Reviews For The Easily Distracted:
Describe This Movie In One Simpsons Quote: "My worst, eh? Smithers; release the robotic Richard Simmons!"
Rating Using Random Objects Relevant To The Film: Three ED-209s out of five.
Brief Plot Synopsis: Scout 22 is alive.
Tagline: "Humanity's last hope isn't human."
Better Tagline: "The problem's plain to see/Too much technology."
Not So Brief Plot Synopsis: Even with the success of his "Scout" model police robots, Tetravaal designer Deon (Dev Patel) won't be happy until he realizes his dream of developing a true AI. Meanwhile, the Scout program's success is bad news for rival designer Vincent (Hugh Jackman), whose heavily militarized "Moose" robot is losing funding as result. Deon finally gets a chance to test his program on an about-to-be junked Scout, just as he runs afoul of gang members Ninja (Ninja), Yolan-Di (Yolandi Visser), and America (Jose Pablo Cantillo) who are looking for a way to disable the Scouts for their own ends.
"Critical" Analysis: In the illustrious history of benevolent movie robots (No. 5, Andrew, the Iron Giant), you'll see some common themes. Oft times the robot aspires to be more human, while a handful of noble Homo sapiens attempt to help, mostly by acting against the general inclination of human beings to destroy/control the machine in question and generally prove ourselves to be the shittiest species ever.
I bring this up to acknowledge right off the bat that Chappie is derivative as hell. Neill Blomkamp's latest doesn't bother to hide its influences, everything from RoboCop to Short Circuit to the director's own District 9. There's a powerful sense of déjà vu throughout the whole thing, which starts one down the road to wondering if he might want to step away from the dystopia for a bit.
It's also ... rather dumb. I thought cinematic depictions of computer programming wouldn't get much more on the nose than not renaming the virus file in Office Space (the only flaw in an otherwise Great Film), but here we have, among other things, Deon uploading "consciousness.dat" to the wrecked Scout. There are about a half dozen other moments like this, but here I'll just mention the continuing movie practice of the bad guy performing computer-related shenanigans even the most rudimentary logging program would pick up, and keycards to restricted areas working long past an employee (Deon) has presumably been stripped of employment.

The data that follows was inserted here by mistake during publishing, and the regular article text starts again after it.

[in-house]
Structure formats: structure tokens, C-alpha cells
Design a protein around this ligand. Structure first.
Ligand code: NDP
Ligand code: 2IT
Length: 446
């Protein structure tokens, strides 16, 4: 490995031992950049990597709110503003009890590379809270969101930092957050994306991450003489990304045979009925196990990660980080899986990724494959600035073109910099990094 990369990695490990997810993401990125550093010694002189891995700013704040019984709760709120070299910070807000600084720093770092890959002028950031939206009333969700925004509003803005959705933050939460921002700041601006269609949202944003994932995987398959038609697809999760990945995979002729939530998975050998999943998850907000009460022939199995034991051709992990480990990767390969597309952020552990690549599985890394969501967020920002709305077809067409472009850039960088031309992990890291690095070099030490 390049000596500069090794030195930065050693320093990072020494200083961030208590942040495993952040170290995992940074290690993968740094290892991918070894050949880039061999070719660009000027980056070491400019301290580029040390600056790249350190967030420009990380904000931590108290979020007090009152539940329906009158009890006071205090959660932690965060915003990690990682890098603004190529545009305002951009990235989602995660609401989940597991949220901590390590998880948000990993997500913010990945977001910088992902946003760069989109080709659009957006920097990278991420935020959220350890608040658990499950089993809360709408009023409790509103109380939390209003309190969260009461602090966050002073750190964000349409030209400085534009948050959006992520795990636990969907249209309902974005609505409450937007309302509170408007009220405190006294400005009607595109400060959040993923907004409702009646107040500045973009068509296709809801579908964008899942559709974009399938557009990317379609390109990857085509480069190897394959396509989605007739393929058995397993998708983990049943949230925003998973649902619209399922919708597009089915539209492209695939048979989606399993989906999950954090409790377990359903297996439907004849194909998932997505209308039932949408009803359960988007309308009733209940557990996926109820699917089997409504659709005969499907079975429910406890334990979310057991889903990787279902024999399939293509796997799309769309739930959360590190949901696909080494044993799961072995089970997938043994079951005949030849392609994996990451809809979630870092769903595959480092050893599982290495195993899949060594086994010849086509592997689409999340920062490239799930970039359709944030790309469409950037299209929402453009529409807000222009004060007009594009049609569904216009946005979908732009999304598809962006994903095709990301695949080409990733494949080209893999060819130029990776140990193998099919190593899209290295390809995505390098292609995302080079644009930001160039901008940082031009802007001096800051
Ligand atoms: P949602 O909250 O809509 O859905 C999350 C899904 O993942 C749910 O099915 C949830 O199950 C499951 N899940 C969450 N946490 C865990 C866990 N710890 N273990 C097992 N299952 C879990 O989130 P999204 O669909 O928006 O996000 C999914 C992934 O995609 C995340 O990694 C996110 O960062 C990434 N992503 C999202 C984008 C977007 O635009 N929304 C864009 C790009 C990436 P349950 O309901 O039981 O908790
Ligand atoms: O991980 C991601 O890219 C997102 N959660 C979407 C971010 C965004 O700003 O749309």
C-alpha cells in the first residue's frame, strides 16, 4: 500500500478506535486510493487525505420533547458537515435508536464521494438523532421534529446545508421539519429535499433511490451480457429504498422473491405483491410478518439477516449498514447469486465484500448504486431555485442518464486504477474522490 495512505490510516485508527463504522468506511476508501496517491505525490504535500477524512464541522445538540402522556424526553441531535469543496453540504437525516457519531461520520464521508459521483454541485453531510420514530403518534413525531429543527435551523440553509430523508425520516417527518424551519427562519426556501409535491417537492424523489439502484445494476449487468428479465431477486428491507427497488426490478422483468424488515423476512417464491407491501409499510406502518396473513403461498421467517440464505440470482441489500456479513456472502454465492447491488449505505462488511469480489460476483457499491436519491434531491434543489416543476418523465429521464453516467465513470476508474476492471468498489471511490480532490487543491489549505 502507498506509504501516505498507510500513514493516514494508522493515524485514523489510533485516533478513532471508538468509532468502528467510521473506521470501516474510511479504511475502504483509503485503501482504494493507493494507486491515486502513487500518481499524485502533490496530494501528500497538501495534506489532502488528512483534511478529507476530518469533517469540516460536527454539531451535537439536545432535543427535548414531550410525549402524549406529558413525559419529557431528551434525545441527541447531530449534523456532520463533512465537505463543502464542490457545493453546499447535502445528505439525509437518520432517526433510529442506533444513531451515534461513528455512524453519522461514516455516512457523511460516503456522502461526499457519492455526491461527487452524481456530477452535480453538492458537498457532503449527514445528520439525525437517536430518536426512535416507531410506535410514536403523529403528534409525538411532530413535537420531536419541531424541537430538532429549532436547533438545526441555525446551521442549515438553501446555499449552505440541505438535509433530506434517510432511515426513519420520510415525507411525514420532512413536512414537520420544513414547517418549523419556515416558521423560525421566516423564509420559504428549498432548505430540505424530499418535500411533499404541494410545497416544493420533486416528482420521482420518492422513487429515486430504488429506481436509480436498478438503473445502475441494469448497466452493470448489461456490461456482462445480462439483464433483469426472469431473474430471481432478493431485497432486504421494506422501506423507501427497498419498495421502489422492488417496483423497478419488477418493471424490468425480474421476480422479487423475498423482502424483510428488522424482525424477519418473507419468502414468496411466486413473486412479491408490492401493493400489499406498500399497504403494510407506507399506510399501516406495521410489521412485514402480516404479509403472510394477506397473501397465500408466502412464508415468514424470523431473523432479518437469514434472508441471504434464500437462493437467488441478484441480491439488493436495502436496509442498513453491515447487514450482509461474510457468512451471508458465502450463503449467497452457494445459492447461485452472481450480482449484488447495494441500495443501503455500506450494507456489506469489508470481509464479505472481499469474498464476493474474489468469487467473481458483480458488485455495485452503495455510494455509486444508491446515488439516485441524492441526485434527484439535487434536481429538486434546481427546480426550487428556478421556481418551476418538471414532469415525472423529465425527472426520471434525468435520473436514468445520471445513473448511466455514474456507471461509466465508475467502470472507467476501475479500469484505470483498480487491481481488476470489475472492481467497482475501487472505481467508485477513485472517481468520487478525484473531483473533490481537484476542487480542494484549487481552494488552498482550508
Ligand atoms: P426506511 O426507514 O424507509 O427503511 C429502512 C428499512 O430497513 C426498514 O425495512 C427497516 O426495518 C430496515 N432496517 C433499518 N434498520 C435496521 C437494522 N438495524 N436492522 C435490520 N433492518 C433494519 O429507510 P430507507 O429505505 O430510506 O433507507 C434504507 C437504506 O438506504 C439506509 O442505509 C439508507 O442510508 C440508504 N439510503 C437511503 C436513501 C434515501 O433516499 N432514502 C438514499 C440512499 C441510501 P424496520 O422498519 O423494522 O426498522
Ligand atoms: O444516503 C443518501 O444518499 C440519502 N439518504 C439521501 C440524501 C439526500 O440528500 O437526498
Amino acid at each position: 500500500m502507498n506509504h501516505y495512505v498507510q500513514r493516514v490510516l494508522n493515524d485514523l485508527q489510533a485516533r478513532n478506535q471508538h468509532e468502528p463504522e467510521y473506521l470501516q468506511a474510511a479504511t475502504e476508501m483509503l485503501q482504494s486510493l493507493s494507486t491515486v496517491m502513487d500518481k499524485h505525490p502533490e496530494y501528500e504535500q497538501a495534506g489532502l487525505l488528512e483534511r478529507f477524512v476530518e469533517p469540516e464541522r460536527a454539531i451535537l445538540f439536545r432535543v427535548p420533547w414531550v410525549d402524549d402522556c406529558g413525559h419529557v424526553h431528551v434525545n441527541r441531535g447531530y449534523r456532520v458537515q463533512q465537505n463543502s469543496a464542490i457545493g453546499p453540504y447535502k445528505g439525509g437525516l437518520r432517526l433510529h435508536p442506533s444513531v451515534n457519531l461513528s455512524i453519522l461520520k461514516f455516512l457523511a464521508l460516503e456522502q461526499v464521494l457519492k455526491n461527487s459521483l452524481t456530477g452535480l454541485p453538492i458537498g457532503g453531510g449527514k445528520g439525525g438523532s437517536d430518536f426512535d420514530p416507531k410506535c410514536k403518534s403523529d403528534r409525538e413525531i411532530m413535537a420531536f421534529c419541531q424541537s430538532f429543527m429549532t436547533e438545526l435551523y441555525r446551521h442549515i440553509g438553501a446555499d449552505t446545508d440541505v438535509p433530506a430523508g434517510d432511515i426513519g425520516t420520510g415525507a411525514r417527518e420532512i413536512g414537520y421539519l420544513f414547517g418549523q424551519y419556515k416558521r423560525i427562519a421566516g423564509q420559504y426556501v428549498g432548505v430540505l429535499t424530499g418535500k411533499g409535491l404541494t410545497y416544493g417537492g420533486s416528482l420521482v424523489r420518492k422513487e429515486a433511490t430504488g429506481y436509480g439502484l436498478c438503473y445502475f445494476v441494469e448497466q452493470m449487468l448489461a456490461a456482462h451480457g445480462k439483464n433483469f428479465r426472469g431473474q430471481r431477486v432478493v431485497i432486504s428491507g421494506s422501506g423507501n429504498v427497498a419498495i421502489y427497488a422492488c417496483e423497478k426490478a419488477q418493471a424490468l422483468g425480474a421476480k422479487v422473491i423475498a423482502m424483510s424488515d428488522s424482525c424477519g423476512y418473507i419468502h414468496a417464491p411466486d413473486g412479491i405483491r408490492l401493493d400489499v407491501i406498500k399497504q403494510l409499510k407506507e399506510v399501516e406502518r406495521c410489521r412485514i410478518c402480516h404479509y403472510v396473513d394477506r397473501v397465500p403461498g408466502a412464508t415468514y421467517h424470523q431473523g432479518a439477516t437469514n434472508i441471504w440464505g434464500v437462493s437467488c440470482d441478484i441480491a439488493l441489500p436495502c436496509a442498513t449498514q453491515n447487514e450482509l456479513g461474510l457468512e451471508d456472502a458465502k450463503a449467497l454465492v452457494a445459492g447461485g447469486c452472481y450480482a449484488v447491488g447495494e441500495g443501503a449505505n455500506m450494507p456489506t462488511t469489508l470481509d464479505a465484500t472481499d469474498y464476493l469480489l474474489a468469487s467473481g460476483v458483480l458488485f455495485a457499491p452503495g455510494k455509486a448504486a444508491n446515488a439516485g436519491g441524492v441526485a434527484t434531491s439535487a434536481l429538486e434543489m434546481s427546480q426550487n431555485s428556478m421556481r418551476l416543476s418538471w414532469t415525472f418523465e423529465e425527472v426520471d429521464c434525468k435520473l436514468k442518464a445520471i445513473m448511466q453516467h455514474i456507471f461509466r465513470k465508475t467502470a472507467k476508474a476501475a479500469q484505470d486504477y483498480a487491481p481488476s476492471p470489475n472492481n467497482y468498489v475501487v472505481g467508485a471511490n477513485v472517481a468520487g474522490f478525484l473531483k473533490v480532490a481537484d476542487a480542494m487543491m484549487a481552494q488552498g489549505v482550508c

There's also the hilarious proposition that Vince can't sell his "Moose" robot to the police because -- get this -- it has too many guns. Bring that bad boy to America, dude. We'll have it inside day care centers in a week.
And yet, I still didn't hate it. For starters, the effects are fantastic. Anyone who remembers the era of stop-motion or even recent CGI embarrassments like the first Sam Raimi Spider-Man has to admit Chappie is damned impressive. I think a big part of my favorable inclination had to do with the realization of the character on screen, as well as the director's by now familiar style.
Sharlto Copely, a Blomkamp stalwart from his short film days, provides Chappie's voice, and I probably took more delight than I should admit in hearing a sentient robot breaking out in Joburg gangsta patois. Once his AI is loaded, he's essentially left to be brought up by two sets of opposed parental figures Chris Taylor style: Deon supports full autonomy and the exploration of his creative side, while Ninja just sees a way to maximize his profit-making potential.
By the way, I don't know that casting the members of Die Antwoord is the stunt some seem to think it is. In fact, if you can find more than ten random passersby who've ever heard of the band in the first place, I'll give you a trunkload of Krugerrands.
But I don't think anyone is having more fun than Jackman. With that mullet, running around in cargo shorts and boots and carrying a sidearm, he's living the bogan dream. That said, is it not an HR violation to threaten someone with a gun in an office in South Africa? Apparently not, especially if you're argument is "you're just having some fun." That's the tech industry for you.
As I mentioned, Blomkamp has a specific vision of the near future, and it's mostly unpleasant. Granted, the setting is only a year or so from now, but 2016 Johannesburg isn't much different than the alternate version of District 9 (and can easily be viewed as a precursor to Elysium): it's hot, overcrowded, and poverty-stricken. It's a hell of a lot like a Thomas Friedman book, only with more guns and fewer dubious economic bromides. Similarly, Chappie is a lot like Blomkamp's other movies. I'm giving him the benefit of the doubt here, barely, but it's probably for the last time.
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